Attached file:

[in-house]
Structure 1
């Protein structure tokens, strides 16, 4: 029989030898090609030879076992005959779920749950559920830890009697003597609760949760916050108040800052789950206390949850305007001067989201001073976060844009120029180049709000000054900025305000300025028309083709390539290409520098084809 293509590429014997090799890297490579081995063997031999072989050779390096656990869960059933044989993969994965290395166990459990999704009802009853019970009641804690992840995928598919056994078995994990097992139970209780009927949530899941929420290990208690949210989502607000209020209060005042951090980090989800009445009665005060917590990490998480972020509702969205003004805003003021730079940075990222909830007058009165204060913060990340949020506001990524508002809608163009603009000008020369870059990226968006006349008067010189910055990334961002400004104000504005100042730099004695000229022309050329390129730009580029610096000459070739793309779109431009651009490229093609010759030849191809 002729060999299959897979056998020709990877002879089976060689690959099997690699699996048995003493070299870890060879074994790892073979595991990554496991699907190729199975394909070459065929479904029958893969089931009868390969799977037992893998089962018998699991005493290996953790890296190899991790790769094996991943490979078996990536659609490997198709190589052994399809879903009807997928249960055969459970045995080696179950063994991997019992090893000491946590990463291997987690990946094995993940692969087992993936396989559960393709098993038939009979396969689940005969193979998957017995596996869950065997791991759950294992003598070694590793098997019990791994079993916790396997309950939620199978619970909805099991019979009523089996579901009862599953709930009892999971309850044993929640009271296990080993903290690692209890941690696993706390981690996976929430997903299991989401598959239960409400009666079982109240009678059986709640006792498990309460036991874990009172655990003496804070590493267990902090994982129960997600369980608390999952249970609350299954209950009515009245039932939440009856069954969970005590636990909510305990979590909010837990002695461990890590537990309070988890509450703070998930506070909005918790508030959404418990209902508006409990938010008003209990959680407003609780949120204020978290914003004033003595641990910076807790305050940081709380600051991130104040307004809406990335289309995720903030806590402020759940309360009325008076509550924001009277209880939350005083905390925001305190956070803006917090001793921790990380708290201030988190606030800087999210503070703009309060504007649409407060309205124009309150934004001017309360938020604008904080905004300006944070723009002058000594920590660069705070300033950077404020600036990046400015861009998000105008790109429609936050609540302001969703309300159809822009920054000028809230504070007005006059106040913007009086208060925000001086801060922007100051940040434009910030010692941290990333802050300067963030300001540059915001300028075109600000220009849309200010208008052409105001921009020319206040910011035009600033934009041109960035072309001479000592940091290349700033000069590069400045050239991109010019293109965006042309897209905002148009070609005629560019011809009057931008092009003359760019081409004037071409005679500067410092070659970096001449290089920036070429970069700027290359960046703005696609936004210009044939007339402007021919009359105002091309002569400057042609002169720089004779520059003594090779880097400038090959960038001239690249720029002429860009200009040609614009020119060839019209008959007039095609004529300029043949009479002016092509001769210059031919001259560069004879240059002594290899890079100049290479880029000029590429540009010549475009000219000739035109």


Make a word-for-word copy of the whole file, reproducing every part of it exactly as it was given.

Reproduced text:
[in-house]
Structure 1
């Protein structure tokens, strides 16, 4: 029989030898090609030879076992005959779920749950559920830890009697003597609760949760916050108040800052789950206390949850305007001067989201001073976060844009120029180049709000000054900025305000300025028309083709390539290409520098084809 293509590429014997090799890297490579081995063997031999072989050779390096656990869960059933044989993969994965290395166990459990999704009802009853019970009641804690992840995928598919056994078995994990097992139970209780009927949530899941929420290990208690949210989502607000209020209060005042951090980090989800009445009665005060917590990490998480972020509702969205003004805003003021730079940075990222909830007058009165204060913060990340949020506001990524508002809608163009603009000008020369870059990226968006006349008067010189910055990334961002400004104000504005100042730099004695000229022309050329390129730009580029610096000459070739793309779109431009651009490229093609010759030849191809 002729060999299959897979056998020709990877002879089976060689690959099997690699699996048995003493070299870890060879074994790892073979595991990554496991699907190729199975394909070459065929479904029958893969089931009868390969799977037992893998089962018998699991005493290996953790890296190899991790790769094996991943490979078996990536659609490997198709190589052994399809879903009807997928249960055969459970045995080696179950063994991997019992090893000491946590990463291997987690990946094995993940692969087992993936396989559960393709098993038939009979396969689940005969193979998957017995596996869950065997791991759950294992003598070694590793098997019990791994079993916790396997309950939620199978619970909805099991019979009523089996579901009862599953709930009892999971309850044993929640009271296990080993903290690692209890941690696993706390981690996976929430997903299991989401598959239960409400009666079982109240009678059986709640006792498990309460036991874990009172655990003496804070590493267990902090994982129960997600369980608390999952249970609350299954209950009515009245039932939440009856069954969970005590636990909510305990979590909010837990002695461990890590537990309070988890509450703070998930506070909005918790508030959404418990209902508006409990938010008003209990959680407003609780949120204020978290914003004033003595641990910076807790305050940081709380600051991130104040307004809406990335289309995720903030806590402020759940309360009325008076509550924001009277209880939350005083905390925001305190956070803006917090001793921790990380708290201030988190606030800087999210503070703009309060504007649409407060309205124009309150934004001017309360938020604008904080905004300006944070723009002058000594920590660069705070300033950077404020600036990046400015861009998000105008790109429609936050609540302001969703309300159809822009920054000028809230504070007005006059106040913007009086208060925000001086801060922007100051940040434009910030010692941290990333802050300067963030300001540059915001300028075109600000220009849309200010208008052409105001921009020319206040910011035009600033934009041109960035072309001479000592940091290349700033000069590069400045050239991109010019293109965006042309897209905002148009070609005629560019011809009057931008092009003359760019081409004037071409005679500067410092070659970096001449290089920036070429970069700027290359960046703005696609936004210009044939007339402007021919009359105002091309002569400057042609002169720089004779520059003594090779880097400038090959960038001239690249720029002429860009200009040609614009020119060839019209008959007039095609004529300029043949009479002016092509001769210059031919001259560069004879240059002594290899890079100049290479880029000029590429540009010549475009000219000739035109």